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Posted June 20, 2009
Who Are You? Where Are You Going?
In this third installment of the Girl Genius story Gilgemesh Wolfenbach offers Agatha Clay a place in his personal laboratory. Gil is the son of and heir to Klaus Wolfenbach, the mad scientist who rules all of Europe. And while Agatha is Klaus's prisoner, he does not suspect that the Spark of mad science lies within her. Gil knows better, and hopes to find in her someone with whom he can relate at a proper level. His servants include an intelligent buglike creature--a science project from his own childhood--and a personal servant whose job includes doing Gil's bragging for him. But none of them can appreciate his abilities or share his interests the way another Spark can.Was this review helpful? Yes NoThank you for your feedback. Report this reviewThank you, this review has been flagged.
Agatha is also befriended by the talking, intelligent cat Krosp. At her accidental suggestion, he declares her his subject and assumes responsibility for her safety.
When the airship castle is threatened by a mechanical/biological terror, Gil and Agatha must fight their way to safety. They make a good team and Gil seizes the moment to suggest they make plans for the future. Agatha's refusal is interrupted by a series of conflicting rescues which finally bring her face to face with Klaus, and Klaus face to face with Adam and Lilith Clay--Agatha's 'parents' who are much more than they seem. And Agatha is also more than she seems, or knows. Klaus is right about one thing: the future of Europe will hinge on Agatha.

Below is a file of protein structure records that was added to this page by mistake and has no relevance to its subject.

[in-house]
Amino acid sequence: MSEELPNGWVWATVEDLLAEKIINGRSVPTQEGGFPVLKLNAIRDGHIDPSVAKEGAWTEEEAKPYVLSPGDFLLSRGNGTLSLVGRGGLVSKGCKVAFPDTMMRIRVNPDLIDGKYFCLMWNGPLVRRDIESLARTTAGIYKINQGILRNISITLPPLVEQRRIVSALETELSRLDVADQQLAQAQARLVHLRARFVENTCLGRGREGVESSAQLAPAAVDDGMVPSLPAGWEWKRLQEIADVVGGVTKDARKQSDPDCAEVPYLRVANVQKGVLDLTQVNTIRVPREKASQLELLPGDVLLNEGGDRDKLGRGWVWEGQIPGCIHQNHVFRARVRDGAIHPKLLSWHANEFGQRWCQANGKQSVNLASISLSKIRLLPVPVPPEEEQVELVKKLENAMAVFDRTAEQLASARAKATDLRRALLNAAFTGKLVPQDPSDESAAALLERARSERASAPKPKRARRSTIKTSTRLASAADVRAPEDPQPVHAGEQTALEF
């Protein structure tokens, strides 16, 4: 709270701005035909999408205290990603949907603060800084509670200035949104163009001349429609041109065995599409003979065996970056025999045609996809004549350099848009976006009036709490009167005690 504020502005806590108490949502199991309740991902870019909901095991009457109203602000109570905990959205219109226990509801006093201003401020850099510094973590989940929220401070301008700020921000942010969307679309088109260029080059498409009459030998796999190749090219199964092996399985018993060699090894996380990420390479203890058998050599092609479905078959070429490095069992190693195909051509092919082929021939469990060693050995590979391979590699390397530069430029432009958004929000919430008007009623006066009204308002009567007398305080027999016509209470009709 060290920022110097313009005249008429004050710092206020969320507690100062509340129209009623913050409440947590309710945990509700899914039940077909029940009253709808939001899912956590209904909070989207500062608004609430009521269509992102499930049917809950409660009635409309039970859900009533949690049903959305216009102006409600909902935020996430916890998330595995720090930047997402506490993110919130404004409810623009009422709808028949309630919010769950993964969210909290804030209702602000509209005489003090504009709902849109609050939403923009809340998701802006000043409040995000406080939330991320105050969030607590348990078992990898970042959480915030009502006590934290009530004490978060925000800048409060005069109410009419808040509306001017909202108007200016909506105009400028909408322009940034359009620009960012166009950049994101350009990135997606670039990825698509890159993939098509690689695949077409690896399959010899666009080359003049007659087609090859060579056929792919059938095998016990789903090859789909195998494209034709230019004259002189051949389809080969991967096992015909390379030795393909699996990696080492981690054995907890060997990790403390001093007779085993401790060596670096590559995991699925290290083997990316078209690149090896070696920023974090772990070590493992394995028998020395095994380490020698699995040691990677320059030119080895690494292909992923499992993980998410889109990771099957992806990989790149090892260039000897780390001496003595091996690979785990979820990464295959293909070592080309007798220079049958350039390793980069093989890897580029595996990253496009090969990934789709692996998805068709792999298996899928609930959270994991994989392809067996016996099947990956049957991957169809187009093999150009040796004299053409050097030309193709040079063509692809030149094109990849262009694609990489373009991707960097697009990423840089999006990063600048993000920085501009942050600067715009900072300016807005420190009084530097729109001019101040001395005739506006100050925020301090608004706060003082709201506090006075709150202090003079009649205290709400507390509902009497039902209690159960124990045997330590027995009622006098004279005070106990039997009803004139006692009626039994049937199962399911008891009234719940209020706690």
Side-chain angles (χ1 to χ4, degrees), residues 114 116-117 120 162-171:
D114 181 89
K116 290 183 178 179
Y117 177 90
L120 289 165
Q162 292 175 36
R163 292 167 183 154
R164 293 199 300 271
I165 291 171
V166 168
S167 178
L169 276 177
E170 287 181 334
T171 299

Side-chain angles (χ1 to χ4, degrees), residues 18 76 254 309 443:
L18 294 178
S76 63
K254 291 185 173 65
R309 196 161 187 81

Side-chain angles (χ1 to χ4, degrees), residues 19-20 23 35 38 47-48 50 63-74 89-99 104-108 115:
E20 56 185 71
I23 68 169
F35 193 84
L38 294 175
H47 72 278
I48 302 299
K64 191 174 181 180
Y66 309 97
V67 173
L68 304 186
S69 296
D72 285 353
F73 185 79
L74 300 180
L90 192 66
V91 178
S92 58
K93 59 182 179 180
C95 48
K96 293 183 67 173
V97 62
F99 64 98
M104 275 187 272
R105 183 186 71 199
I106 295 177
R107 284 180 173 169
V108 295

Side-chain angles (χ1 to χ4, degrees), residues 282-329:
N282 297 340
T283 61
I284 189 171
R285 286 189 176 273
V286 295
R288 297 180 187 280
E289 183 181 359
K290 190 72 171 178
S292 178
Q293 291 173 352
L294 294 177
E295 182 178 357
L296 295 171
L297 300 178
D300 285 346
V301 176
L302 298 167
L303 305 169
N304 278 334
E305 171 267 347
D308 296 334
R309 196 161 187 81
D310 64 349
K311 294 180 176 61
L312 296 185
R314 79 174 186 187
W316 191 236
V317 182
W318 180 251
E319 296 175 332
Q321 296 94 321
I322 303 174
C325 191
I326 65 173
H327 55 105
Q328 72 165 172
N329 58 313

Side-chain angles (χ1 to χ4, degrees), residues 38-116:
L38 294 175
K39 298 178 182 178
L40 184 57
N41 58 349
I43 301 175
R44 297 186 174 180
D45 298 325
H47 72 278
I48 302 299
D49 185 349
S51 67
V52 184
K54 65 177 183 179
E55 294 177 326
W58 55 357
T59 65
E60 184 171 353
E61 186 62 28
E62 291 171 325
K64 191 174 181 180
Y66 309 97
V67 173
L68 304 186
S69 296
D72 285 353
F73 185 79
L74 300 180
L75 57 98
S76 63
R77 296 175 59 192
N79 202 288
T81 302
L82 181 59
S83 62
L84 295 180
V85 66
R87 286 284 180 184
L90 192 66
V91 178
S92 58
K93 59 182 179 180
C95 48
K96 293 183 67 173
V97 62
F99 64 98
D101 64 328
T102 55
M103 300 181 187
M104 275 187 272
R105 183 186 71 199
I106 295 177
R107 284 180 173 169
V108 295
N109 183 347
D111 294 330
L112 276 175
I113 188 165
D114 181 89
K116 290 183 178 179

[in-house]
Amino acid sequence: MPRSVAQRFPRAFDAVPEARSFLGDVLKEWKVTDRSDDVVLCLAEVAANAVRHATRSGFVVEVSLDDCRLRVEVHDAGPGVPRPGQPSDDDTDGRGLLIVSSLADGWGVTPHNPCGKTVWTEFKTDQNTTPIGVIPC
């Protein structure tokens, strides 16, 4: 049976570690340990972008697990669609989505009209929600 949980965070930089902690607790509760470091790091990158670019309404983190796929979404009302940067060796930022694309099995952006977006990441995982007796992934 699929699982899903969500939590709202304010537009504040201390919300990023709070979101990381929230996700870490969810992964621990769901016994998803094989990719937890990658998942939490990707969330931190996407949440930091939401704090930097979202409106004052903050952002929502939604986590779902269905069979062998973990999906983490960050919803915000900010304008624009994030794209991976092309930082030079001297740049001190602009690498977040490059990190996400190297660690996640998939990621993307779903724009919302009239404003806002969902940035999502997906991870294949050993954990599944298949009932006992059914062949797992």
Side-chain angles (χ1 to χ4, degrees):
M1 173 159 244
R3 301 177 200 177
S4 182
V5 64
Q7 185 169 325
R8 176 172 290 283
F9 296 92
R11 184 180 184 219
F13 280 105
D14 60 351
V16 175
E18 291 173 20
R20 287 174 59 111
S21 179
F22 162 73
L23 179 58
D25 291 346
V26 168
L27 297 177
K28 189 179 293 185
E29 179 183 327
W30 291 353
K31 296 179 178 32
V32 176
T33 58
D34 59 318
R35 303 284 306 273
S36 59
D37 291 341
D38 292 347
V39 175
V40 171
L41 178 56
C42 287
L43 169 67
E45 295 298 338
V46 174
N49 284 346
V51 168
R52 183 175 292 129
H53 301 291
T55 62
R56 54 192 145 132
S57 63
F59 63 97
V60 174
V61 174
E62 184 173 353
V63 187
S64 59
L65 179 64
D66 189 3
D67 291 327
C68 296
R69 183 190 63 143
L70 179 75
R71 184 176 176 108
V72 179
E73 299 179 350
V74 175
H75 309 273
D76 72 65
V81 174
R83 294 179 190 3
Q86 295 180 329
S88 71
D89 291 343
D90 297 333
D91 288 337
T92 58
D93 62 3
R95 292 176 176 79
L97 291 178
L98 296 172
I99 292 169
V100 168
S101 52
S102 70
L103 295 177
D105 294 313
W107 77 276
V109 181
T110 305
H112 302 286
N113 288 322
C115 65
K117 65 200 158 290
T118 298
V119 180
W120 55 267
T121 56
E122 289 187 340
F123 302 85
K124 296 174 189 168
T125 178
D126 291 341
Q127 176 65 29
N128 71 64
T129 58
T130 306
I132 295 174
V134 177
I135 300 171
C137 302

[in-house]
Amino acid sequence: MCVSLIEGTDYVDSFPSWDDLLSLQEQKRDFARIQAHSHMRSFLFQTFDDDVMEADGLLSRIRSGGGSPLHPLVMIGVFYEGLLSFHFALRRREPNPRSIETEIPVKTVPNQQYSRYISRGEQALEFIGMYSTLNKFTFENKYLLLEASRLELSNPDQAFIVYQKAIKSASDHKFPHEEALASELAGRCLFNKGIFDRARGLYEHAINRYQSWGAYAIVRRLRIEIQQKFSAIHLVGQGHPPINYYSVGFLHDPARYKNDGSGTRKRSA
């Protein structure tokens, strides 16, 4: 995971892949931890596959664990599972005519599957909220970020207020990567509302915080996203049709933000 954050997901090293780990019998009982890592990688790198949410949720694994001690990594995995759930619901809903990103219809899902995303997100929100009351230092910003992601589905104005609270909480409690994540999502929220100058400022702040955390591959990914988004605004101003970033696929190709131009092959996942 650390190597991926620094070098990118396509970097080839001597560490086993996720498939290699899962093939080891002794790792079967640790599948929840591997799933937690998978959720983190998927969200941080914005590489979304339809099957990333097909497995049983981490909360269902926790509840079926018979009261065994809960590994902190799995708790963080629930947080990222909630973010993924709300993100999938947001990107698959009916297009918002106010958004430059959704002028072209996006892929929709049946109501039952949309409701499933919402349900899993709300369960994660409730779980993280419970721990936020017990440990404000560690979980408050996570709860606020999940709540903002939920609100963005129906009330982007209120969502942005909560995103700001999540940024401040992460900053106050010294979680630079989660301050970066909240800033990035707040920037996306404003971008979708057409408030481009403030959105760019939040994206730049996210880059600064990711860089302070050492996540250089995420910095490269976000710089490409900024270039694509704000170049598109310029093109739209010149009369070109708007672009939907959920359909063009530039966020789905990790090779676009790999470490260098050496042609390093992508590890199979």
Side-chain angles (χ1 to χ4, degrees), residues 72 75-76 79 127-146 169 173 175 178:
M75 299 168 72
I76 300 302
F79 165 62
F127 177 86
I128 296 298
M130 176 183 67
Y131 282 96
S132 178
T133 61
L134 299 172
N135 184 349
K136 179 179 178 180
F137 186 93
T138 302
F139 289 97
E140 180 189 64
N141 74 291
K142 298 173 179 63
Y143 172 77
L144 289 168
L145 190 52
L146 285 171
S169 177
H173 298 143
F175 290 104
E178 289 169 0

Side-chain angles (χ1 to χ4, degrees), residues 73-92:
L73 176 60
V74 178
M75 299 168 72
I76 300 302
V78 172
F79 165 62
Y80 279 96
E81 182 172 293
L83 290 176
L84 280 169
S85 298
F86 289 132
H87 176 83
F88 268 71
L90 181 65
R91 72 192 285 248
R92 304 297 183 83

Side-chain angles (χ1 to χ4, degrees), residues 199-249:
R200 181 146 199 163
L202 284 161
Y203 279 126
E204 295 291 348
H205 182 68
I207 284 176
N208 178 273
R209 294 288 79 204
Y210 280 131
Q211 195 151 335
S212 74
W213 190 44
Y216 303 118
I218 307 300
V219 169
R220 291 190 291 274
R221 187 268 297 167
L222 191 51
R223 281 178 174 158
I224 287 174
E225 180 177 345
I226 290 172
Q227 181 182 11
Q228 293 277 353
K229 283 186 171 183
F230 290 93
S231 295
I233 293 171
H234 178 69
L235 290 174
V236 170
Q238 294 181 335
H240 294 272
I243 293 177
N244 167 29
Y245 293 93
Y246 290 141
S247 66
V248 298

Lilith's final instruction sends Agatha on a quest for her ancestral home, the very place Klaus reserves for the people whom he wants to be rid of. And nobody wants to go THERE. Nobody, that is, but Agatha Heterodyne and her travelling companion Krosp.
This third volume is in color, with the coloring done by the same artist who did volume two. The style begins to strain under the greater demands of the story and the line artwork. Nonetheless it is adequate to carry this volume. The Foglio sense of humor shines through in moments good and perilous and characters show what they are really made of.
Girl Genius is a story of noble heroes and noble villians, along with some dangerously fickle adventurers. And, with volume appearing after volume, it will be a long time before anyone lives happily ever after. But it does have champions and noble causes as well as some very dangerous good guys. Note also that Phil and Kaja Foglio suggest that is may not be entirely suitable for pre-teens. Characters are shown in their underwear and themes of romance and ancestry are integral to the story. Parental discretion is advised. Greybearded children like me are, happily, free and clear.
Posted June 23, 2009
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